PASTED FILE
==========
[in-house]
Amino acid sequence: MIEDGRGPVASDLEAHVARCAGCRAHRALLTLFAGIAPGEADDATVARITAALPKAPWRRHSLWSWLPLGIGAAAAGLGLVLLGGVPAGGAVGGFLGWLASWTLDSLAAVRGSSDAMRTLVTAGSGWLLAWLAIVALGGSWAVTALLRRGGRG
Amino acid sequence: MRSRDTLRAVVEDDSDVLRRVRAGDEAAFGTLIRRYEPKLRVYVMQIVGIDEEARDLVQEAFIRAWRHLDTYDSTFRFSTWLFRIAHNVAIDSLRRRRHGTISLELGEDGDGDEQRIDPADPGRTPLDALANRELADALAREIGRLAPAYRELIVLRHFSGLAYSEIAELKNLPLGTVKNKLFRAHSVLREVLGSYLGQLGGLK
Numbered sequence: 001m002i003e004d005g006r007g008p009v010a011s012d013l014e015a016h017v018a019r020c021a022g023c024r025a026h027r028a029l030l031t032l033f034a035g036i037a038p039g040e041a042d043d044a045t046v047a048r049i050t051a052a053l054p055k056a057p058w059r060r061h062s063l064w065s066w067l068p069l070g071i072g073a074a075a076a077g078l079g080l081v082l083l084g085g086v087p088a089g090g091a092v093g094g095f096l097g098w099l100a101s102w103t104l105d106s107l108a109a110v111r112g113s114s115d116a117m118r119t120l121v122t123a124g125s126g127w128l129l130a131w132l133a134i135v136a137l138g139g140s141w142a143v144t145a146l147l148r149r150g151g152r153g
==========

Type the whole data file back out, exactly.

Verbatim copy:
[in-house]
Amino acid sequence: MIEDGRGPVASDLEAHVARCAGCRAHRALLTLFAGIAPGEADDATVARITAALPKAPWRRHSLWSWLPLGIGAAAAGLGLVLLGGVPAGGAVGGFLGWLASWTLDSLAAVRGSSDAMRTLVTAGSGWLLAWLAIVALGGSWAVTALLRRGGRG
Amino acid sequence: MRSRDTLRAVVEDDSDVLRRVRAGDEAAFGTLIRRYEPKLRVYVMQIVGIDEEARDLVQEAFIRAWRHLDTYDSTFRFSTWLFRIAHNVAIDSLRRRRHGTISLELGEDGDGDEQRIDPADPGRTPLDALANRELADALAREIGRLAPAYRELIVLRHFSGLAYSEIAELKNLPLGTVKNKLFRAHSVLREVLGSYLGQLGGLK
Numbered sequence: 001m002i003e004d005g006r007g008p009v010a011s012d013l014e015a016h017v018a019r020c021a022g023c024r025a026h027r028a029l030l031t032l033f034a035g036i037a038p039g040e041a042d043d044a045t046v047a048r049i050t051a052a053l054p055k056a057p058w059r060r061h062s063l064w065s066w067l068p069l070g071i072g073a074a075a076a077g078l079g080l081v082l083l084g085g086v087p088a089g090g091a092v093g094g095f096l097g098w099l100a101s102w103t104l105d106s107l108a109a110v111r112g113s114s115d116a117m118r119t120l121v122t123a124g125s126g127w128l129l130a131w132l133a134i135v136a137l138g139g140s141w142a143v144t145a146l147l148r149r150g151g152r153g